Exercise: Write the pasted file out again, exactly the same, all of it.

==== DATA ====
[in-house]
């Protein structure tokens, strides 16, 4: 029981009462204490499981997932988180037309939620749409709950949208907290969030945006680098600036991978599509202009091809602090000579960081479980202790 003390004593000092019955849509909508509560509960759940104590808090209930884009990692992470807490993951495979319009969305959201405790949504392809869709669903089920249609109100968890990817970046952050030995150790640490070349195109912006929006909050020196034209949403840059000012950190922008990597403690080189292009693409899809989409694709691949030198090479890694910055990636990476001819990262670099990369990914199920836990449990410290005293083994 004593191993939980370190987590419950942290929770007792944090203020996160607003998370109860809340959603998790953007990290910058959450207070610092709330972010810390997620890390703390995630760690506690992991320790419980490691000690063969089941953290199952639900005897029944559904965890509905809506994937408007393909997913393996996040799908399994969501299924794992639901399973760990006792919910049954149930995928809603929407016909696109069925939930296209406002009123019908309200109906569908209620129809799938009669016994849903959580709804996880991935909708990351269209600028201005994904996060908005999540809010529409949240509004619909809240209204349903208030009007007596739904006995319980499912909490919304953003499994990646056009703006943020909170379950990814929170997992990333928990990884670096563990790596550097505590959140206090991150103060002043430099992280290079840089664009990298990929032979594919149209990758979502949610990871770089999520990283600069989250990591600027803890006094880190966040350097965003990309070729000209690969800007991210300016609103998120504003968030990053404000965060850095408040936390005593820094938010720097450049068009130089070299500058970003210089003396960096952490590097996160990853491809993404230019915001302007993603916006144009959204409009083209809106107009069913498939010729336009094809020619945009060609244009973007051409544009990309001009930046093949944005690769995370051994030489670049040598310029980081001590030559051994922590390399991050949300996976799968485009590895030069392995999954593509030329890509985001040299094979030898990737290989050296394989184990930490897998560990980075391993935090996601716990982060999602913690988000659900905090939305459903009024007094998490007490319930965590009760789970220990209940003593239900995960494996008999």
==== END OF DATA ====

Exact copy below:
[in-house]
């Protein structure tokens, strides 16, 4: 029981009462204490499981997932988180037309939620749409709950949208907290969030945006680098600036991978599509202009091809602090000579960081479980202790 003390004593000092019955849509909508509560509960759940104590808090209930884009990692992470807490993951495979319009969305959201405790949504392809869709669903089920249609109100968890990817970046952050030995150790640490070349195109912006929006909050020196034209949403840059000012950190922008990597403690080189292009693409899809989409694709691949030198090479890694910055990636990476001819990262670099990369990914199920836990449990410290005293083994 004593191993939980370190987590419950942290929770007792944090203020996160607003998370109860809340959603998790953007990290910058959450207070610092709330972010810390997620890390703390995630760690506690992991320790419980490691000690063969089941953290199952639900005897029944559904965890509905809506994937408007393909997913393996996040799908399994969501299924794992639901399973760990006792919910049954149930995928809603929407016909696109069925939930296209406002009123019908309200109906569908209620129809799938009669016994849903959580709804996880991935909708990351269209600028201005994904996060908005999540809010529409949240509004619909809240209204349903208030009007007596739904006995319980499912909490919304953003499994990646056009703006943020909170379950990814929170997992990333928990990884670096563990790596550097505590959140206090991150103060002043430099992280290079840089664009990298990929032979594919149209990758979502949610990871770089999520990283600069989250990591600027803890006094880190966040350097965003990309070729000209690969800007991210300016609103998120504003968030990053404000965060850095408040936390005593820094938010720097450049068009130089070299500058970003210089003396960096952490590097996160990853491809993404230019915001302007993603916006144009959204409009083209809106107009069913498939010729336009094809020619945009060609244009973007051409544009990309001009930046093949944005690769995370051994030489670049040598310029980081001590030559051994922590390399991050949300996976799968485009590895030069392995999954593509030329890509985001040299094979030898990737290989050296394989184990930490897998560990980075391993935090996601716990982060999602913690988000659900905090939305459903009024007094998490007490319930965590009760789970220990209940003593239900995960494996008999």